I took a swipe at Valentine’s Day the other month, so it’s only fair that I have a crack at Easter too.
Don’t get me wrong. As someone who follows Jesus, Easter’s the most significant commemoration on my annual calendar. It recalls the death and subsequent ressurection of Jesus, and is the underpinning cornerstone of my faith. As the apostle Paul writes, if the resurrection didn’t really happen, then Christians are to be pitied above all people, the implication being that their faith is futile.
I was having a conversation with a friend not too long ago about ritual, and specifically in terms of its place in a living and dynamic faith. I came down pretty heavily against ritual, but I realised that that’s not right. It’s also not how I really feel. I like ritual, but what I really don’t like is ritual which has lost its meaning. I think ritual with understanding and commitment can enrich and excite and stimulate. Ritual without meaning is just habit. I don’t think it has a lot of purpose. It’s a bit like coffee. It can give you a short-term pick-me-up perhaps, but it’s never going to change your life for the better (not wanting to give good coffee a bad name here).
The word ‘Easter’ in the English has its roots in the name of an alleged pagan fertility goddess Eostre– the veracity of this figure is disputed, but there’s little doubt that as Christianity spread during the first millenium across a broadly pagan Europe, the celebration of the death and rebirth of Jesus became temporaly associated with pagan celebrations of spring- the notion of the rebirth of natural life following the death that accompanies winter. It is worth noting, however, that unlike Christmas, whose timing around the Winter Solstice was almost certainly a deliberate move by the early church to usurp the pagan celebrations of wintertime (yule), the timing of Easter has far more to do with the fall of the Passover, at which time Jesus was said to be crucified and resurrected (which is why on the Gregorian calendar, the date of Easter is not fixed but reflects the Jewish calendar, and which ensures that the cycle is not directly linked to the Spring Equinox either). It is worth noting that many other western languages draw the name of the Easter celebration from the Greek Pascha (e.g. French: Paques and Spanish: Pascua), which in turn derives from the Hebrew name for the Passover festival, Paschal.
Jesus and his disciples didn’t celebrate Easter, but that’s barely surprising, as while Jesus was still with his disciples, ‘Easter’- that is, his death and resurrection- hadn’t happened yet. There are indications that early Christians were celebrating Easter as early as the second century AD, and that it had become a mainstream festival in one form or another within a couple of centuries beyond then. The fact that it’s not canoned in scripture shouldn’t take away from the value of celebrating what the holiday stands for. I want to make that clear. I don’t even want to knock habits that have become associated with easter celebrations- things like covering the altar of churches with flowers, or holding early morning services while the sun rises. Both elements have strong paganistic connotations, but then the essence of paganism is finding the divine in the physical world around us. I believe God has placed messages about His nature and the nature of truth in the created world, and the rebirth of flowers after winter and the rebirth of the sun after the death of night are both apt metaphors for the resurrection of Jesus and the new life which that offers. I just hope people take a step back and pause to reflect on the symbolic value of the ritual and what message it carries, and not just engage in it because it’s something they’ve always done.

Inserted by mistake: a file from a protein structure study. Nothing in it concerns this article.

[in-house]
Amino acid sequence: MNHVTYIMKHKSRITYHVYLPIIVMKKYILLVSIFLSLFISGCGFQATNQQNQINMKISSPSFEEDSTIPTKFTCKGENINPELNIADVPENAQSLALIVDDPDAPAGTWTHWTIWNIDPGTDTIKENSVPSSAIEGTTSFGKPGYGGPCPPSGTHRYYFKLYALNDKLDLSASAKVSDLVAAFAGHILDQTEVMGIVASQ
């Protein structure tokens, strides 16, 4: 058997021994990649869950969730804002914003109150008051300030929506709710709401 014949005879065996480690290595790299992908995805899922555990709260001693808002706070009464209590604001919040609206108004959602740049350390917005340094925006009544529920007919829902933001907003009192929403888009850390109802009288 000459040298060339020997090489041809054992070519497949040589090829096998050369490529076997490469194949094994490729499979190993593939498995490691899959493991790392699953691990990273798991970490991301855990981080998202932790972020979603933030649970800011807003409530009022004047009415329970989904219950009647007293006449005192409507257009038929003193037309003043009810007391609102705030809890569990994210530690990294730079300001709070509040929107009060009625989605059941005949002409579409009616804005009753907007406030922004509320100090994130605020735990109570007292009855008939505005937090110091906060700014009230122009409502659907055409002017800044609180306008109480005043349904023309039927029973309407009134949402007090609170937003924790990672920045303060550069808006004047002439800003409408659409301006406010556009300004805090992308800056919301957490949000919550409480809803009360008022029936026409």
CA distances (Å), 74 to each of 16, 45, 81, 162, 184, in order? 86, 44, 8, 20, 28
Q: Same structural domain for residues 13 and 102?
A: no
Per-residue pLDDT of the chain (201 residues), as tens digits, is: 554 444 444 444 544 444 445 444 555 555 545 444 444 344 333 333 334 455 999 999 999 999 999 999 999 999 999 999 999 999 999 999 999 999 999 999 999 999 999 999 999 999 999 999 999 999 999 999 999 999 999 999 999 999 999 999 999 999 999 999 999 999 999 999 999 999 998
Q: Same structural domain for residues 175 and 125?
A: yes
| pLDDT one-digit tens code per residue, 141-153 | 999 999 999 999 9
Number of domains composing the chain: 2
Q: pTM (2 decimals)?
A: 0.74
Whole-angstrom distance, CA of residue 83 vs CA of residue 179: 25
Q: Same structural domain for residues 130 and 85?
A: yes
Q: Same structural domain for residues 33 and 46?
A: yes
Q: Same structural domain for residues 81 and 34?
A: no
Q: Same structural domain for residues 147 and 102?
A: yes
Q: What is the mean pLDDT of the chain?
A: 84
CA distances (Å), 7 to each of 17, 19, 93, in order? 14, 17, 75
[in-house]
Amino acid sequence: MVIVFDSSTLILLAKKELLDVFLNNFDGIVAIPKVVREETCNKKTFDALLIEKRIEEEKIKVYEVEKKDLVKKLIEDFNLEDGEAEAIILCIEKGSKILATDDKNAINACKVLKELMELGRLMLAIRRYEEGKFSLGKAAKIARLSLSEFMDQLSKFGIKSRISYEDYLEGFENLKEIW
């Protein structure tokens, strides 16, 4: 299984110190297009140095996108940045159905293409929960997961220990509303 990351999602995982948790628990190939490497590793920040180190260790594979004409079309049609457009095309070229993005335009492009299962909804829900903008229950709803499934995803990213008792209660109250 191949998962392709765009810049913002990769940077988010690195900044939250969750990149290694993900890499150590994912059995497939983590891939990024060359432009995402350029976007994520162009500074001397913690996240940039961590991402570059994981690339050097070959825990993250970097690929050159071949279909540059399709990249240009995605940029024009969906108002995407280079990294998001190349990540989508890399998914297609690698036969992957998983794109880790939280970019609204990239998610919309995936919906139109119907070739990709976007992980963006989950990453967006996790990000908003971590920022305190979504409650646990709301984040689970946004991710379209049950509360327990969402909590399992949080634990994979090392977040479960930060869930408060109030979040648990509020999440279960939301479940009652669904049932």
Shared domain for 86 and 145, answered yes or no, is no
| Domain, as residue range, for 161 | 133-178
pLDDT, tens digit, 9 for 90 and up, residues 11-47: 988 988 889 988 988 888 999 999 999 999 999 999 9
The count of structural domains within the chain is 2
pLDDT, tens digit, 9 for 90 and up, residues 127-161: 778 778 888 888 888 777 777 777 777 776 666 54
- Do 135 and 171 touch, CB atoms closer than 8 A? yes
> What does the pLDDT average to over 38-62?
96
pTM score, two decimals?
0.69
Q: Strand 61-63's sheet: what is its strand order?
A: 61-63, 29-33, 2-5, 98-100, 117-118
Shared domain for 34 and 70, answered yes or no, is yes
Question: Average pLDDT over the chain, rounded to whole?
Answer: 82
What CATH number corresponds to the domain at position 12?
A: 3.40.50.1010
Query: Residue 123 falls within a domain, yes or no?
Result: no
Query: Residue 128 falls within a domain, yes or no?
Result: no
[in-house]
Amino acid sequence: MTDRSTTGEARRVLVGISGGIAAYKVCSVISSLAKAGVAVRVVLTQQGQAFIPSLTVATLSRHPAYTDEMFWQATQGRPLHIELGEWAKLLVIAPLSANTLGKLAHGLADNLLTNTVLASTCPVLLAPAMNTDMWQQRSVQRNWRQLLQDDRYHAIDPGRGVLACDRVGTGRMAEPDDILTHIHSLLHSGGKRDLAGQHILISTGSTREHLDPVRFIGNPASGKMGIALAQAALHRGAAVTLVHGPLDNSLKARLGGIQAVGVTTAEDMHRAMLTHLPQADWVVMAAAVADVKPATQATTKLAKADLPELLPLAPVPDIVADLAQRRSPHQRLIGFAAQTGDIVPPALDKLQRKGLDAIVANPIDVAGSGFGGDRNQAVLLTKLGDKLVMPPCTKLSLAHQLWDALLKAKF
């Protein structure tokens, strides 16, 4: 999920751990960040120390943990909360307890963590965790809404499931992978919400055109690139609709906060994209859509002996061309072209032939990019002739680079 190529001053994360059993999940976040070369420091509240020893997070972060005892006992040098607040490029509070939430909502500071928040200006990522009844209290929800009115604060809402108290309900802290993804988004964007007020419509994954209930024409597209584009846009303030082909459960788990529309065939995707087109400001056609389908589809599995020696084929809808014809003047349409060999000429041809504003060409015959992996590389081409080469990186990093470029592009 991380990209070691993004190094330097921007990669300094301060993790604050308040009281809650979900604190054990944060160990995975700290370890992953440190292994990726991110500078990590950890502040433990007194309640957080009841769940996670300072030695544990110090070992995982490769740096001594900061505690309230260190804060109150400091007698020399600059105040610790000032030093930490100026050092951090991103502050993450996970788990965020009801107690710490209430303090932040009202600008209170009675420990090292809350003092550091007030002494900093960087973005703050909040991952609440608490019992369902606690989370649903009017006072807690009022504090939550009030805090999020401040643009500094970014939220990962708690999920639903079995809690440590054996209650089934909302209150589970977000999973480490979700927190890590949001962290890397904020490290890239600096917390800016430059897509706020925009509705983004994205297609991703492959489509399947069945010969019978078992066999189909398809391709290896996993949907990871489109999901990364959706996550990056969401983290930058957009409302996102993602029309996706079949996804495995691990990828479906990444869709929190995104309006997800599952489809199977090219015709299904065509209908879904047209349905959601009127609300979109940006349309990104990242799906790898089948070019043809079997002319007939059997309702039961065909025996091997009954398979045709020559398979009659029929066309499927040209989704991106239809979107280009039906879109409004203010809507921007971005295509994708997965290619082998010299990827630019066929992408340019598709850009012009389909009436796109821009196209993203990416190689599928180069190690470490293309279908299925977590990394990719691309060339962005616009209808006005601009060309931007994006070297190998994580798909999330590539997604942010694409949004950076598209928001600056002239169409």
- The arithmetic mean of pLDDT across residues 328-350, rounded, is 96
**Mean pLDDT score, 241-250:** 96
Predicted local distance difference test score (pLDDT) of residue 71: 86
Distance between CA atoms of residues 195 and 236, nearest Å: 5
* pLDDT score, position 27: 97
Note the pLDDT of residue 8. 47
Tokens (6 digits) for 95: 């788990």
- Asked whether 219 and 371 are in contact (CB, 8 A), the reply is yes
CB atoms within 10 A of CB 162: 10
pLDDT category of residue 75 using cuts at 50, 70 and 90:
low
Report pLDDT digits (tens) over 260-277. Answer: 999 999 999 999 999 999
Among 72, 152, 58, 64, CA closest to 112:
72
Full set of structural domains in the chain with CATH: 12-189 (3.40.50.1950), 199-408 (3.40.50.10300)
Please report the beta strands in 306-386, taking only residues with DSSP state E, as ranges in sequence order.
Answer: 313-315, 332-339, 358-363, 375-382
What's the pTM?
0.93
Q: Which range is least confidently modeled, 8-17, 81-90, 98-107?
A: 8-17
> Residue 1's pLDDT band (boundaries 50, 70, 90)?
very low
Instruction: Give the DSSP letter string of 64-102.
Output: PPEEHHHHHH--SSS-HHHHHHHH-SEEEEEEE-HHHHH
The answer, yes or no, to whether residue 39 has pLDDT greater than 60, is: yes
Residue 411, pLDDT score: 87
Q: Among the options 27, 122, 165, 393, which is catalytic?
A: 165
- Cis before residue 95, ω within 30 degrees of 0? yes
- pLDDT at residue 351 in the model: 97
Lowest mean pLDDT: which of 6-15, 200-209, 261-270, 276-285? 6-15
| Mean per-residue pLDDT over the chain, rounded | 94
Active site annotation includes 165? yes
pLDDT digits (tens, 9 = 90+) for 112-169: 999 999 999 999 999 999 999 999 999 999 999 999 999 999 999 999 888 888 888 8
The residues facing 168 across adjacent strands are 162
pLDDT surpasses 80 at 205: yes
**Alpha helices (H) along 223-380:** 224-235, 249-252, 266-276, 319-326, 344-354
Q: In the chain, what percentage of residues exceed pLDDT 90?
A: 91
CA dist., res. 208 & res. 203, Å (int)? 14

My friends in Melbourne have taken to celebrating a Passover dinner together at this time of the year. Last night I couldn’t be with them, courtesy of being on another continent for work, which was sad. We’re none of us Jewish, but Passover is a highly symbolic event in the Christian faith as well, the many layers of which I won’t go into right now. We see our faith as having its roots very firmly in the teachings of the Torah (the early holy books of the Jewish law) and other scriptures which make up the Old Testament, and in many ways I feel celebrating the Passover is a much more natural expression of my faith than Easter. We take it quite seriously and take time to observe the different elements of the traditional Passover meal together, and I find it a very rewarding and enriching time. Stopping to understand the various truths reflected in the different parts of the meal gives the ritual a special meaning both for me as an individual in my walk with God, and also (crucially) a chance to build relationship and community with the people I care about around me- because faith was never meant to be something we walk alone.
All that really just to say, however you celebrate Easter, I hope you have a blessed holiday. For those of you for whom Easter (or Paschal, for that matter) holds a spiritual significance, I hope you take the time to reflect on the value of the traditions and rituals which we sometimes hold dear without ever really thinking about them, and find that an enriching experience. And for the rest of you, well, enjoy your long weekend and try not to show up to work with too big of a hangover on Tuesday morning…
Photo: Smoke from the Santiago volcano near Managua (Nicaragua) hangs before a setting sun while a cross marks the mountain’s peak.